While the DC press corps worries whether Trump was booed at a White House event and curates elaborate conspiracy theories about Melania, a slightly more important story isn’t getting enough pixels. The economy is doing so well that, for the first time ever, there are now more job openings in the US than unemployed Americans:
With employers struggling to fill openings, the number of available jobs in April rose 1 percent to 6.7 million from 6.6 million in March, the Labor Department said Tuesday. That’s the most since records began in December 2000.
The figures underscore the consistent strength of the nation’s job market. The unemployment rate has reached an 18-year low of 3.8 percent. Employers have added jobs for a record 92 straight months. And the abundance of openings suggests that hiring will continue and that the unemployment rate will fall even further. Not since December 1969, when the rate was 3.5 percent, has unemployment been lower than it is now.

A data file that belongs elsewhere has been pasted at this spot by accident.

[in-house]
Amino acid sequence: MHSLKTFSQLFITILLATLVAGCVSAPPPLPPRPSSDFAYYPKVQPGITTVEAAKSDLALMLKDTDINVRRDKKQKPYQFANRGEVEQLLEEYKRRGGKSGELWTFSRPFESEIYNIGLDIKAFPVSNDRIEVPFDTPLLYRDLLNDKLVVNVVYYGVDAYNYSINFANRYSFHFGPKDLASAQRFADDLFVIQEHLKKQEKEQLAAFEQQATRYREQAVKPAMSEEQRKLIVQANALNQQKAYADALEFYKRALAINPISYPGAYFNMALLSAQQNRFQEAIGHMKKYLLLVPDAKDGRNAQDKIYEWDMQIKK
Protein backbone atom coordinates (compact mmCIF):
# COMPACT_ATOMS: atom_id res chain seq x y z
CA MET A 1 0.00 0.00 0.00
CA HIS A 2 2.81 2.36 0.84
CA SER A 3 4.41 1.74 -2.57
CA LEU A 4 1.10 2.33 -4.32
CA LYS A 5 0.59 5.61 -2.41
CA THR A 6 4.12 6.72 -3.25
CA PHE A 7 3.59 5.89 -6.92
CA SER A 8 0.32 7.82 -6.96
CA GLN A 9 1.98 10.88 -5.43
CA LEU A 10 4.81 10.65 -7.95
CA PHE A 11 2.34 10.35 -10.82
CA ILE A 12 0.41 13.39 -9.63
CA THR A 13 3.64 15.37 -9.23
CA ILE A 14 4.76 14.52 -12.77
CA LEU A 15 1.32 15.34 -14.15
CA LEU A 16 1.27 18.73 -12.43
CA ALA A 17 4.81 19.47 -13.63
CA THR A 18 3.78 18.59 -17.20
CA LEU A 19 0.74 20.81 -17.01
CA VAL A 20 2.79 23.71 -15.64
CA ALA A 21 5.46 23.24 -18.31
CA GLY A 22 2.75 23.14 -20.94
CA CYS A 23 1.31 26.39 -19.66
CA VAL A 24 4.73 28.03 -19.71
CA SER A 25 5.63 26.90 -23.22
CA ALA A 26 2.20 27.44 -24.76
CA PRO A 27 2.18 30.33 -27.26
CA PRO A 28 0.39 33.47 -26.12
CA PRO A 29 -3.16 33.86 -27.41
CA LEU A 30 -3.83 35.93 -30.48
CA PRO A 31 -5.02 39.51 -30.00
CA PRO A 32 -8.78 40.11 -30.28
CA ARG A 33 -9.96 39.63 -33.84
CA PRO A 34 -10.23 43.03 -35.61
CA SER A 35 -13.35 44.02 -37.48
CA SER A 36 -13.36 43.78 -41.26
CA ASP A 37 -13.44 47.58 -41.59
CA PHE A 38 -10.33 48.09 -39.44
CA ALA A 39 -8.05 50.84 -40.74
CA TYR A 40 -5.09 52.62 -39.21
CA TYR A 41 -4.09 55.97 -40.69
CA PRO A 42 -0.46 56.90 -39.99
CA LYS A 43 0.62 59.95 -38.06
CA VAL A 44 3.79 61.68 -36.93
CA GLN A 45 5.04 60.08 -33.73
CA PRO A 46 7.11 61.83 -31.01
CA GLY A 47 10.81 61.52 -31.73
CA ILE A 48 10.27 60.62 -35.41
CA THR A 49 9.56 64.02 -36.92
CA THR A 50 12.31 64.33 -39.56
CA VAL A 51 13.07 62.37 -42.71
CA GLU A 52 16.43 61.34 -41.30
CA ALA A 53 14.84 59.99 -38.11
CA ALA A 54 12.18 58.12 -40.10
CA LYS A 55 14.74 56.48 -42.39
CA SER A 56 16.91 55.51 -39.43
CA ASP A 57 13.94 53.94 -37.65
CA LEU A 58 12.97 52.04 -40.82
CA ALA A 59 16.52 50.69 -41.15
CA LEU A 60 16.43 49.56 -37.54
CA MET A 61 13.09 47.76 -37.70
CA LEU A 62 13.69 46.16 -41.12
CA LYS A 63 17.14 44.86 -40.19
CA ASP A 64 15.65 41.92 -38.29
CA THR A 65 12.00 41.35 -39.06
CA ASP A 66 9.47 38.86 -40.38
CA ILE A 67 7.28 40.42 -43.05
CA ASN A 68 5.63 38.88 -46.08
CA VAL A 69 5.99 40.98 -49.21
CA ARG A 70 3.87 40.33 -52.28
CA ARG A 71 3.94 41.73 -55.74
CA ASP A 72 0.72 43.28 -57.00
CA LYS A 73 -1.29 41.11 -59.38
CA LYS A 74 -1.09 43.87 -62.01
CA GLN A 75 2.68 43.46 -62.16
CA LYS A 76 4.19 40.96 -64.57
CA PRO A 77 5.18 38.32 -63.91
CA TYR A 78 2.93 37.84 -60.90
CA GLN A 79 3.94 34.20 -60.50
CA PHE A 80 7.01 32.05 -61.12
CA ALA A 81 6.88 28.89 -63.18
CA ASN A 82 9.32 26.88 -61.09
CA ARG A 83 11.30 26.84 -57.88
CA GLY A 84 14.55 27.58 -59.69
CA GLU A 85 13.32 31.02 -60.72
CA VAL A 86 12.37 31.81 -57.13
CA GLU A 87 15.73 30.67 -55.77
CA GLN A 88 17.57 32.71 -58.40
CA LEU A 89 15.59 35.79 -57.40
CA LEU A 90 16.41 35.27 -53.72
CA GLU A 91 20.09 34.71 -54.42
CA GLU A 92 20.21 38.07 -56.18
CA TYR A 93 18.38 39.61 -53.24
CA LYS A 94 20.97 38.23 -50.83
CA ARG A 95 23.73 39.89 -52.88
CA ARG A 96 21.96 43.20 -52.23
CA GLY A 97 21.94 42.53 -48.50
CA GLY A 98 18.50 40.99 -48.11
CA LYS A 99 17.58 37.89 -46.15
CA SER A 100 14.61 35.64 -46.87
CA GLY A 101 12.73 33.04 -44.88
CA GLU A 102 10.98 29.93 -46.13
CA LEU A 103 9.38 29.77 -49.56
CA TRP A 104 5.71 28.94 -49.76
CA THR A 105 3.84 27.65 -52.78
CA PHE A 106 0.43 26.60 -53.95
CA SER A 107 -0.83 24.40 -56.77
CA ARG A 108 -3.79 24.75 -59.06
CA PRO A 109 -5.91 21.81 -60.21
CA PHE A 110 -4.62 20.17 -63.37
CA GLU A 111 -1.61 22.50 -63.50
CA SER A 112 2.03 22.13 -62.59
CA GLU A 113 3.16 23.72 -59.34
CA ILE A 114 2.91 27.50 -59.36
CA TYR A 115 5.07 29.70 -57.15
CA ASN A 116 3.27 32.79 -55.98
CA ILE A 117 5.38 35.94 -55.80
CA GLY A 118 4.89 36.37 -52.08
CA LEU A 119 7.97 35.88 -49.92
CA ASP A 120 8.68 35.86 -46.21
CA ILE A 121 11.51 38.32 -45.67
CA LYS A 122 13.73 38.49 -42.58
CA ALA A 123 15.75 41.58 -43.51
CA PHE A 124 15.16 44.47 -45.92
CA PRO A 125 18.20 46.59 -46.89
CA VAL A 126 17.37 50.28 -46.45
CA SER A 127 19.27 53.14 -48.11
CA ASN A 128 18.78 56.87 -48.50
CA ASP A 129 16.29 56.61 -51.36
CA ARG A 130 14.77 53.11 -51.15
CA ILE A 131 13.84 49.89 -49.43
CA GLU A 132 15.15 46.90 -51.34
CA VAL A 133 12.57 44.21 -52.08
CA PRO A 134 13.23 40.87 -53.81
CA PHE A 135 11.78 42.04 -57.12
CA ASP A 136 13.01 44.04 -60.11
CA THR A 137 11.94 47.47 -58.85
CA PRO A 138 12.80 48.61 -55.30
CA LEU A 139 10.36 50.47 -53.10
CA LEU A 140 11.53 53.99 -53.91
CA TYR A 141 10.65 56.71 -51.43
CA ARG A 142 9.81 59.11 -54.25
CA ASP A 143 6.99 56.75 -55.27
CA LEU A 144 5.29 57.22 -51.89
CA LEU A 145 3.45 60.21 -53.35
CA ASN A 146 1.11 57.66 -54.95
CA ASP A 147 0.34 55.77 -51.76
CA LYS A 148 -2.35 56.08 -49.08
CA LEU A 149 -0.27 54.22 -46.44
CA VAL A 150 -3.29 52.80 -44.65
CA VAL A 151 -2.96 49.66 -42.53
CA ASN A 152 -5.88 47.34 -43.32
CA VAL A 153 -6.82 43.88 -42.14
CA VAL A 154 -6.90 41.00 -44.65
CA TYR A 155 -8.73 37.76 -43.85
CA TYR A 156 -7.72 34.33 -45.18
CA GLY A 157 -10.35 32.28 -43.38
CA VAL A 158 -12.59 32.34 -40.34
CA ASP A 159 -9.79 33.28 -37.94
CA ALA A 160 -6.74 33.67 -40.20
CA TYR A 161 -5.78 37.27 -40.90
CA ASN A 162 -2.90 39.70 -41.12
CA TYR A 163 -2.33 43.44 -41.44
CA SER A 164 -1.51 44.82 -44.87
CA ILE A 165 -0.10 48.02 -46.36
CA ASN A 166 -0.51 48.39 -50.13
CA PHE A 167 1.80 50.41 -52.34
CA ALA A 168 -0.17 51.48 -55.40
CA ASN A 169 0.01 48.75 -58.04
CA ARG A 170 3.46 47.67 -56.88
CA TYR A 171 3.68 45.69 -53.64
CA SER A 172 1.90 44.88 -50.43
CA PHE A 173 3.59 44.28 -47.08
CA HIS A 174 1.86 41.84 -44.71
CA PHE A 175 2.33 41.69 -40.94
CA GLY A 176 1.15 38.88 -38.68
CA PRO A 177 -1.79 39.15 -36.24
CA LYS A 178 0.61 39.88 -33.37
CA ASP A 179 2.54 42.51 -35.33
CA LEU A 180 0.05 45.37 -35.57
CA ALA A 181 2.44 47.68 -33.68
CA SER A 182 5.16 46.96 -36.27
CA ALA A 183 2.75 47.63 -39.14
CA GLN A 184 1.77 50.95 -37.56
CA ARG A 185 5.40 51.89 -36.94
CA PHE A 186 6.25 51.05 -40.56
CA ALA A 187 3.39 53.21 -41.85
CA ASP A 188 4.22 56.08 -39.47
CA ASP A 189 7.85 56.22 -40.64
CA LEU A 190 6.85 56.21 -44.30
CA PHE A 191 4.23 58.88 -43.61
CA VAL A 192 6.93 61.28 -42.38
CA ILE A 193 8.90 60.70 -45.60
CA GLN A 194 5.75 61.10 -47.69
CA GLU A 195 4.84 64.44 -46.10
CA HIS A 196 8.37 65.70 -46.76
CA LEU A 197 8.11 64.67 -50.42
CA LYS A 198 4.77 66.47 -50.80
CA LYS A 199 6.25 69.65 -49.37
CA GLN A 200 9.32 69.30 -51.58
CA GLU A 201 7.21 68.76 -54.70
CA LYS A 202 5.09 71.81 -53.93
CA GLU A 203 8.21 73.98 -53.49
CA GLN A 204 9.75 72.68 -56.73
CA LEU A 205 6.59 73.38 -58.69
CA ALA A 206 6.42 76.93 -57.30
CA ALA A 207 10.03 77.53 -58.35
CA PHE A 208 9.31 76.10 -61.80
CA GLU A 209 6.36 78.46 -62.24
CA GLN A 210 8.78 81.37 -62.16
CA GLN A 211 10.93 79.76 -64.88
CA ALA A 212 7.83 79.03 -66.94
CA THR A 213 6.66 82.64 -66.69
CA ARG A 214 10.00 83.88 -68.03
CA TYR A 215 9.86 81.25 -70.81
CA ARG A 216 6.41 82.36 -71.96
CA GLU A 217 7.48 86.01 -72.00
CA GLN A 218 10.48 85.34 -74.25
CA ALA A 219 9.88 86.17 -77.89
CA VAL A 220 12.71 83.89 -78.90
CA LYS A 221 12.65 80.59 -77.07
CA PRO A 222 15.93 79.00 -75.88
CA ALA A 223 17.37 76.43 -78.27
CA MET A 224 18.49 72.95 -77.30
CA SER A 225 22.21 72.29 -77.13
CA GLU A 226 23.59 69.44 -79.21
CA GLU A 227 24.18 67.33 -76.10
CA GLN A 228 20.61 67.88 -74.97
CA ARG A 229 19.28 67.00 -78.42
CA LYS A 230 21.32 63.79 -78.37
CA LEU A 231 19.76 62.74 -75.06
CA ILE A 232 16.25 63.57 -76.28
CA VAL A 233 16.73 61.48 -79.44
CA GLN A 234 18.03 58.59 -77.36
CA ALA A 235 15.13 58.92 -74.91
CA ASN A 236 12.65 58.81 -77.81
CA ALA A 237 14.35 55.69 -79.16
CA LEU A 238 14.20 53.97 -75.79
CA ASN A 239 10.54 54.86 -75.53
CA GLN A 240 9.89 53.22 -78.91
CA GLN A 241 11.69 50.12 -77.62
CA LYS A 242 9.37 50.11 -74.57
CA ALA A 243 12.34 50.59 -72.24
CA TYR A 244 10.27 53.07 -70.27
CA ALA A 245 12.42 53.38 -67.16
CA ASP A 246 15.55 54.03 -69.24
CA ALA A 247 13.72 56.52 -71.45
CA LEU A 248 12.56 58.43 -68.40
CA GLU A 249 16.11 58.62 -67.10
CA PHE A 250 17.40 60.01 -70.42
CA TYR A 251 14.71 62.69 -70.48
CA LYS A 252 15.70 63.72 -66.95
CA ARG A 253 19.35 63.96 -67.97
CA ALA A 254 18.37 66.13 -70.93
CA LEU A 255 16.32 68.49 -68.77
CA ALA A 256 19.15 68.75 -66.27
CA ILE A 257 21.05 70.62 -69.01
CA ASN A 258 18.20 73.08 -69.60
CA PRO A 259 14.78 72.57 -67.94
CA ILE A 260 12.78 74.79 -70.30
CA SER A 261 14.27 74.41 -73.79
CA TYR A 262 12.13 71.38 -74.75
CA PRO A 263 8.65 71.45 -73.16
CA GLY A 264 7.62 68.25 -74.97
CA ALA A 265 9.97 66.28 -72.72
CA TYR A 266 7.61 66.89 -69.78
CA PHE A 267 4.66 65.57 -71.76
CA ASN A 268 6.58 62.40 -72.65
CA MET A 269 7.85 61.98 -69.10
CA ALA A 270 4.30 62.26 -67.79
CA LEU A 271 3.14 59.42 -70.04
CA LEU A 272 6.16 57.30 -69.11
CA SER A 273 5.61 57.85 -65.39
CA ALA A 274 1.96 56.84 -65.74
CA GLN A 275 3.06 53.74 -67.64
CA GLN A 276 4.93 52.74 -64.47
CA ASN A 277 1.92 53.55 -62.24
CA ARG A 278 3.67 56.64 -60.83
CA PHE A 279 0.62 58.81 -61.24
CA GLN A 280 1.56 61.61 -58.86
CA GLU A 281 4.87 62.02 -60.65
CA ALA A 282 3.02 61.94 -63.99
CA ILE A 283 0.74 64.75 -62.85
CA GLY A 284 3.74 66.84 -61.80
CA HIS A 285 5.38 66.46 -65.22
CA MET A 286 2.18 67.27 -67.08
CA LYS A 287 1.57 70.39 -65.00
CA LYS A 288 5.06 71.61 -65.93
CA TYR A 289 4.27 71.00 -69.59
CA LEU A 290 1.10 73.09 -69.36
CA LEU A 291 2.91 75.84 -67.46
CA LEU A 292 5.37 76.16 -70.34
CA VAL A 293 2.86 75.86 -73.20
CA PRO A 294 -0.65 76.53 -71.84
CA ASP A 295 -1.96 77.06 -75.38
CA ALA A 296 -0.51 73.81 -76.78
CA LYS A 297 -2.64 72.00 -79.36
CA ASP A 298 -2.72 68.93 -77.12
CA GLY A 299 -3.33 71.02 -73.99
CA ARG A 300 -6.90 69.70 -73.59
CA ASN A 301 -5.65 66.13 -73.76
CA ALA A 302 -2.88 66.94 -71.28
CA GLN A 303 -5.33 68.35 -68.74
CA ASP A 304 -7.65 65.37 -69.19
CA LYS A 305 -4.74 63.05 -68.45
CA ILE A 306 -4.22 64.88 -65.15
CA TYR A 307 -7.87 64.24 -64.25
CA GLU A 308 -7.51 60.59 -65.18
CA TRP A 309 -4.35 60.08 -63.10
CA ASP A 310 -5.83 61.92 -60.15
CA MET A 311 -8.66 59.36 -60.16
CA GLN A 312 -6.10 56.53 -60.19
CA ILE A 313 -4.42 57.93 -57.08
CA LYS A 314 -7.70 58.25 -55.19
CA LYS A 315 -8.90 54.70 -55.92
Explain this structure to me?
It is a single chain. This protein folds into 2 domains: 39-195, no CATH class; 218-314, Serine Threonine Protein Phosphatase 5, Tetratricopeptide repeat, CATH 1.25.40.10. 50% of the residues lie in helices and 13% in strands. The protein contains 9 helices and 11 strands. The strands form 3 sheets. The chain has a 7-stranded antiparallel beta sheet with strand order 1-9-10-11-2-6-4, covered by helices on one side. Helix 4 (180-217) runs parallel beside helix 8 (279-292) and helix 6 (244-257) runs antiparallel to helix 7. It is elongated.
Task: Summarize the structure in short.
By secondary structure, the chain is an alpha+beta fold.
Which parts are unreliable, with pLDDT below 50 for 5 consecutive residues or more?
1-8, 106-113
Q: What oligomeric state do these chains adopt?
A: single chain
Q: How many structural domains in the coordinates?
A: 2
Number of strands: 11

Employers appear confident about the economic outlook and growth. Analysts expect faster consumer spending to help accelerate growth to roughly a 3.5 percent annual rate in the April-June quarter, after growth had lagged slightly in the first three months of the year.
For eight years, the press enthused about Obama’s promised “recovery summers,” which never seemed to materialize. Now that the economy is roaring back to life, the same reporters debate the NFL’s national anthem problem and spin increasingly ludicrous Russian storylines.
As the midterms approach, will voters care more about the DC distraction of the day or the extra money in their wallets?